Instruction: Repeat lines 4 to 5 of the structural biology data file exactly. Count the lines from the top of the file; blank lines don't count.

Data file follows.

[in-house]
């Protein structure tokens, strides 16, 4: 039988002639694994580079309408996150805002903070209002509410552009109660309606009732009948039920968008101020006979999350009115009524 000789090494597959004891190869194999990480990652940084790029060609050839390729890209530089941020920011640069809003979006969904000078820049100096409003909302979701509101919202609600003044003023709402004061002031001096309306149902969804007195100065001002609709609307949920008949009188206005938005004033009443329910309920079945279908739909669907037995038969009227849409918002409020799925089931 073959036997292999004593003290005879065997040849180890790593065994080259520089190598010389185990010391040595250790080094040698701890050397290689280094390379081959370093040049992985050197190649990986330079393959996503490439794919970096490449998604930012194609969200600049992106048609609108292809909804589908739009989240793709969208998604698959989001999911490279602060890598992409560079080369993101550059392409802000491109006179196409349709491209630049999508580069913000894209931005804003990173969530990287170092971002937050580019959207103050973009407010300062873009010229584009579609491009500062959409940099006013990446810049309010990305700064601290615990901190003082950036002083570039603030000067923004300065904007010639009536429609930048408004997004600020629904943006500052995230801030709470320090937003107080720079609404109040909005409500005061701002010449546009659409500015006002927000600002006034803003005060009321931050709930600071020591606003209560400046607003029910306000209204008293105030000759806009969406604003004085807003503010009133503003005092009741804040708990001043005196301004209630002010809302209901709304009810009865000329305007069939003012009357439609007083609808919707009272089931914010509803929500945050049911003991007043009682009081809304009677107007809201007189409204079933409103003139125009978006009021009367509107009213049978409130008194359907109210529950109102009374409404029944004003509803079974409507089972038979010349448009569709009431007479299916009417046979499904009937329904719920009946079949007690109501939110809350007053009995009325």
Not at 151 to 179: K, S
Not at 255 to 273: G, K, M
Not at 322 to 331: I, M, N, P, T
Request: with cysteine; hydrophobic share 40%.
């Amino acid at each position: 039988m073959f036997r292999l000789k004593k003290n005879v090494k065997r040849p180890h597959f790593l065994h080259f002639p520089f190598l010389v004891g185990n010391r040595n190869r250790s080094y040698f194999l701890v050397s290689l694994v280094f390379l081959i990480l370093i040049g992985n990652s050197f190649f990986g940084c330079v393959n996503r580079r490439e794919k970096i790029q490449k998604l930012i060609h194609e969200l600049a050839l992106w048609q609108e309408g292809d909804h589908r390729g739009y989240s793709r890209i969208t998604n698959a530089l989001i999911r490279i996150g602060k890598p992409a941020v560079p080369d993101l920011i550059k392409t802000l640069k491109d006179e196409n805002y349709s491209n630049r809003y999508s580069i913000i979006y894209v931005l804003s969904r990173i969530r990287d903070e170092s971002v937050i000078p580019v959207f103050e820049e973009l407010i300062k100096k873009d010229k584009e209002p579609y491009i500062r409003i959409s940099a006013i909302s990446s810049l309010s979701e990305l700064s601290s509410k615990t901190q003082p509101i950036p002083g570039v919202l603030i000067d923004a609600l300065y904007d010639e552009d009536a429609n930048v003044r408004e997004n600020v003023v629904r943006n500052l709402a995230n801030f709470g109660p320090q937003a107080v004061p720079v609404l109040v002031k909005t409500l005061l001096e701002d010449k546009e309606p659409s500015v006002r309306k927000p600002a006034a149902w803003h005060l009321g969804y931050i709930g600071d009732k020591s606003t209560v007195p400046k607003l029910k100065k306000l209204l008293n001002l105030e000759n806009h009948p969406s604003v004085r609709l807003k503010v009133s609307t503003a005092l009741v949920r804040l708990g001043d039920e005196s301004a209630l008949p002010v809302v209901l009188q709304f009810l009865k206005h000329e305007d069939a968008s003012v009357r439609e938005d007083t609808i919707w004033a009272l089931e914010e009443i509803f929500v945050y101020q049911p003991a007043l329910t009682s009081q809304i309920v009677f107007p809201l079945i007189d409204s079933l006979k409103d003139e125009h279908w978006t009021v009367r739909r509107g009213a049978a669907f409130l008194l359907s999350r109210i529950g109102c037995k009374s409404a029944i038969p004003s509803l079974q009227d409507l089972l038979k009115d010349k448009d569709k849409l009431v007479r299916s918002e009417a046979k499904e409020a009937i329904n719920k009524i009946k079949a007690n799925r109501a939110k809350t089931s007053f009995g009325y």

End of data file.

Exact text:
Not at 255 to 273: G, K, M
Not at 322 to 331: I, M, N, P, T